Tayo quit his job, started applying to schools and moved to New York City, which led to Fordham. Then, he essentially made New York City his campus, and started to follow all of his curiosities. His childhood let him to being fascinated by inclusive leadership, and all of those experiences led to the genesis of his podcast and business.

Tayo wasn't thinking of launching a business when he started the podcast. He had given up on advancing at work for two years, and with that near-death experience, his biggest fear had become not achieving his potential. Before that, it was failing.

Tayo is what you would call a third-culture kid, or someone who spent their formative years outside of their parents’ culture. He decided to become a thought leader in that field. He joined all the Facebook groups of third-culture kids and used hashtags to join conversations. He told himself, "I have two years in school here. So, as I'm learning, I'm going to be building an audience." He didn't know what that audience would end up being, he just knew that he wanted to provide value for something he cared about.

He would go to school at night and do a lot of the research during the day. When it came time to graduate, he’d built enough of an audience to do what he does now full time.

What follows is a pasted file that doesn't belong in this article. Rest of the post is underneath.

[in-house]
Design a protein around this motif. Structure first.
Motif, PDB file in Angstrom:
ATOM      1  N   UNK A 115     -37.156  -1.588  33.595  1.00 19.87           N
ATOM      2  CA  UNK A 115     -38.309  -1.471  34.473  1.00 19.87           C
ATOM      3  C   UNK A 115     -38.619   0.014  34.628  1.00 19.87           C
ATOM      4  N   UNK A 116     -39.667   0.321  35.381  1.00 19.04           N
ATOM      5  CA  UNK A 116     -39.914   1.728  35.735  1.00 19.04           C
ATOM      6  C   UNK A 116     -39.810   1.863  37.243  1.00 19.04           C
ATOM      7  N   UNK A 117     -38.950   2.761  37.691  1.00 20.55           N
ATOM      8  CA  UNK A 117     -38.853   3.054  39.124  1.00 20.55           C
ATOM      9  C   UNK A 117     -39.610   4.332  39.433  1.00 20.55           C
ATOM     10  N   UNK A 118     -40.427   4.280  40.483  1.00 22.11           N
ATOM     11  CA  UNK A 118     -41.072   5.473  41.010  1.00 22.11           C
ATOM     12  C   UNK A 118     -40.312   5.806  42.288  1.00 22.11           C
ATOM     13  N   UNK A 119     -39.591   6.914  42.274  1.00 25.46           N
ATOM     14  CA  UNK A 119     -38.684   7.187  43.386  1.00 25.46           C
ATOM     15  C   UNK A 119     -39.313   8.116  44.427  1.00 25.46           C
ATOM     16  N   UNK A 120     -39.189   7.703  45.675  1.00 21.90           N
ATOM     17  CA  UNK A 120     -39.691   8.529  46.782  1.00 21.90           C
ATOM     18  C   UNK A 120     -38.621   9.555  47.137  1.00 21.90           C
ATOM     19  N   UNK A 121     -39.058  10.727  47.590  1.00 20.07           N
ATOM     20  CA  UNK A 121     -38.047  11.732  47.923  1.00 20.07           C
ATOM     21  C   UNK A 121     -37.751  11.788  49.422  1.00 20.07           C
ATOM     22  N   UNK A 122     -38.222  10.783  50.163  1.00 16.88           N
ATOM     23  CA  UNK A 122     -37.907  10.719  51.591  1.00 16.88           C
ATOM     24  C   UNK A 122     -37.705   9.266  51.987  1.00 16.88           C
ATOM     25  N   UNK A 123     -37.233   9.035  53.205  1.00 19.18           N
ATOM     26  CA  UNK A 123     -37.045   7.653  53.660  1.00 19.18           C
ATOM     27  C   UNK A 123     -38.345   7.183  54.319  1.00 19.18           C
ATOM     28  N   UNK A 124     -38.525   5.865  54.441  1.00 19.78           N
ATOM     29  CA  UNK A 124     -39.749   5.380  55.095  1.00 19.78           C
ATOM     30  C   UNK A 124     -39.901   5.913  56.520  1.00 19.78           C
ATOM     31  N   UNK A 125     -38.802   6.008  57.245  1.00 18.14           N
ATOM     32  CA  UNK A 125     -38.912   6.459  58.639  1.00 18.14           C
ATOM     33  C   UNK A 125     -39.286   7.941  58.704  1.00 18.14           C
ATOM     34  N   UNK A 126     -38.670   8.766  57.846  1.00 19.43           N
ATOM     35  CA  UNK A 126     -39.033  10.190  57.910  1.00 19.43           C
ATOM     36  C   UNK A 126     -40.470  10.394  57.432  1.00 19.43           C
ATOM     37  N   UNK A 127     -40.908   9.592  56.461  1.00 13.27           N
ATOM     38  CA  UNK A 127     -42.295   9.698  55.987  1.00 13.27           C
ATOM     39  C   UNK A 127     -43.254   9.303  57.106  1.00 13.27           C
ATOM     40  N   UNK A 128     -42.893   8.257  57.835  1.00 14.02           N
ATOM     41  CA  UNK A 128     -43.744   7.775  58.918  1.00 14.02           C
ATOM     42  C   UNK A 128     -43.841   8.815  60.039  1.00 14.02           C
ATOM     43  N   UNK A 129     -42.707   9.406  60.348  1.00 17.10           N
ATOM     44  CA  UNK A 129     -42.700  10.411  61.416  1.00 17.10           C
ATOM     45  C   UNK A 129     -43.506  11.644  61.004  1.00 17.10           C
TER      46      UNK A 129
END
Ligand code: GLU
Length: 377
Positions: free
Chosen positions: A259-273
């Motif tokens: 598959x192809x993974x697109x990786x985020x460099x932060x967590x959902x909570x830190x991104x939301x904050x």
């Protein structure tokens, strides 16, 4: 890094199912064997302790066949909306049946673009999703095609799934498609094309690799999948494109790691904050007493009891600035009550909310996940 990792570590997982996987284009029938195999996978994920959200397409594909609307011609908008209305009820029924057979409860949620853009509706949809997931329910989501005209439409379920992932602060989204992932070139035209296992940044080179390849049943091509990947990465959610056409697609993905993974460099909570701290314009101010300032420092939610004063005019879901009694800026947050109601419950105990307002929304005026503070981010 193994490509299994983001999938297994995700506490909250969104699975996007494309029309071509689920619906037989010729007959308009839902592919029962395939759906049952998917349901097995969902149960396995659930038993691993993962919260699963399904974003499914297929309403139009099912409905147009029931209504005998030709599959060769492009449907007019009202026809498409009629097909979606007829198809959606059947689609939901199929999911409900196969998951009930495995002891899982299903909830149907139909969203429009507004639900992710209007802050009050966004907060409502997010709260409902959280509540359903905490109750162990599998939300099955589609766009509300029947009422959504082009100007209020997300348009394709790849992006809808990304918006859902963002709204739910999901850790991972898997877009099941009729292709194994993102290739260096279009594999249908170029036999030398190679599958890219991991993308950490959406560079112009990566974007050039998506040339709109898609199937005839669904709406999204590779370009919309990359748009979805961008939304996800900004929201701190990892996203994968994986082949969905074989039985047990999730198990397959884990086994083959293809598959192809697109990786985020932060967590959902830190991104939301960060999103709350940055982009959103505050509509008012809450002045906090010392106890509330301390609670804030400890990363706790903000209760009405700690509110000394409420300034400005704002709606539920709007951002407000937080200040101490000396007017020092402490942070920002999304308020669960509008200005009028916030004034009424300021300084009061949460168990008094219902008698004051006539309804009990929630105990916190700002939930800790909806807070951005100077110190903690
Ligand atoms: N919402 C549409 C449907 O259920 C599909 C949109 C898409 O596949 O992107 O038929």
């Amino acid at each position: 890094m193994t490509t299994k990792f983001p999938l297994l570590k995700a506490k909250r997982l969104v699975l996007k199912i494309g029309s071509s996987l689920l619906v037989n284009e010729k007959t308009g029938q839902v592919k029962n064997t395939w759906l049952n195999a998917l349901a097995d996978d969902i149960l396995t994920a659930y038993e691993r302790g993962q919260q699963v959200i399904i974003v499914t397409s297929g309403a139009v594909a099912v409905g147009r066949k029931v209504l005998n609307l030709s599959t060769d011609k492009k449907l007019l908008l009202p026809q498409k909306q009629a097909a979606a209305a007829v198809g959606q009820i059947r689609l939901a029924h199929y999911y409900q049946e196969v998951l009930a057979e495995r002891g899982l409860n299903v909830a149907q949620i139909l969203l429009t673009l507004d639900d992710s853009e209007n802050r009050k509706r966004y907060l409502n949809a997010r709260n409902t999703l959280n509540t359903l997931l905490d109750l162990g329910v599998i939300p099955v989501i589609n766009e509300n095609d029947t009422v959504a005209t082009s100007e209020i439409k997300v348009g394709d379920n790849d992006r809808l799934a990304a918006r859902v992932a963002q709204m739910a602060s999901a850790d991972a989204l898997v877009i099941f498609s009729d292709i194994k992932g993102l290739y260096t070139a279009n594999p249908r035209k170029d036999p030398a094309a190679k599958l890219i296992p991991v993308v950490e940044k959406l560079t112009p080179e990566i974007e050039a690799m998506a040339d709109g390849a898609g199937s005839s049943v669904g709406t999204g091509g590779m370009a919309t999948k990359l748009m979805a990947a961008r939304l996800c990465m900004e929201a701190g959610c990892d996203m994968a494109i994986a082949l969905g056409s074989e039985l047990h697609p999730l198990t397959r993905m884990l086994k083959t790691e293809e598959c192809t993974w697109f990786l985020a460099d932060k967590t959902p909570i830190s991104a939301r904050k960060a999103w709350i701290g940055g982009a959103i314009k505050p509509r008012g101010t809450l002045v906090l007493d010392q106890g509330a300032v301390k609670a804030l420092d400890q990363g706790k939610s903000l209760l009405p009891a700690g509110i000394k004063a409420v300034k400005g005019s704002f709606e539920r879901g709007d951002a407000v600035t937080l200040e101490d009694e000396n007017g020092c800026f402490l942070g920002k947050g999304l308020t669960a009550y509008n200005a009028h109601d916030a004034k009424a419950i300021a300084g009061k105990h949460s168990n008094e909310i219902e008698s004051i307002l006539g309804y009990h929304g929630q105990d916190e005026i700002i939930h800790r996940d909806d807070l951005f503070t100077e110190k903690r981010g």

Tayo isn’t sure his MBA is essential for what he does today. However, it did help with networking and opening doors to enter conversations. Whenever he was getting guests on the podcast in the early days, he’d say, "I'm getting my MBA at Fordham," and people would associate that with credibility.

In September, Tayo releases his first published book. The book comes from a signature speech that he gives called “How to Effectively Connect Across Cultures.” As he was coming up with that speech, he thought, "This is a framework that I can use in my coaching and in my workshops."

The title of the book, Use Your Difference to Make a Difference, comes from Tayo’s personal mission statement. Because he wants us to get to a place where differences aren't used as barriers, but used as gateways. 

Tayo wants us to get to a place of understanding and nuance because that's the only way we can grow, and that's the only way we can be more effective.

The Entrepreneurial Edge

Every week, we highlight one piece of advice for aspiring, struggling and successful-but-want-to-be-even-more-successful entrepreneurs:

Understand how to brand yourself. Learn how to be better at telling your story and understand how that leverages into different audiences. Even if you don't feel you are learning as much as you can in school, understand that the story can help open some doors and allow you to tell better stories.

Understand that your passions don't die once you go to college, regardless of your major. Even if you are an engineer, or you are a business person, do not lose sight of your hobbies because we live in a world today where your hobbies can become your careers. Because of digital media, because anyone can create an audience. So find a way to meld your hobby with your major, and then use that to ultimately inform what it is that you want to do with your career.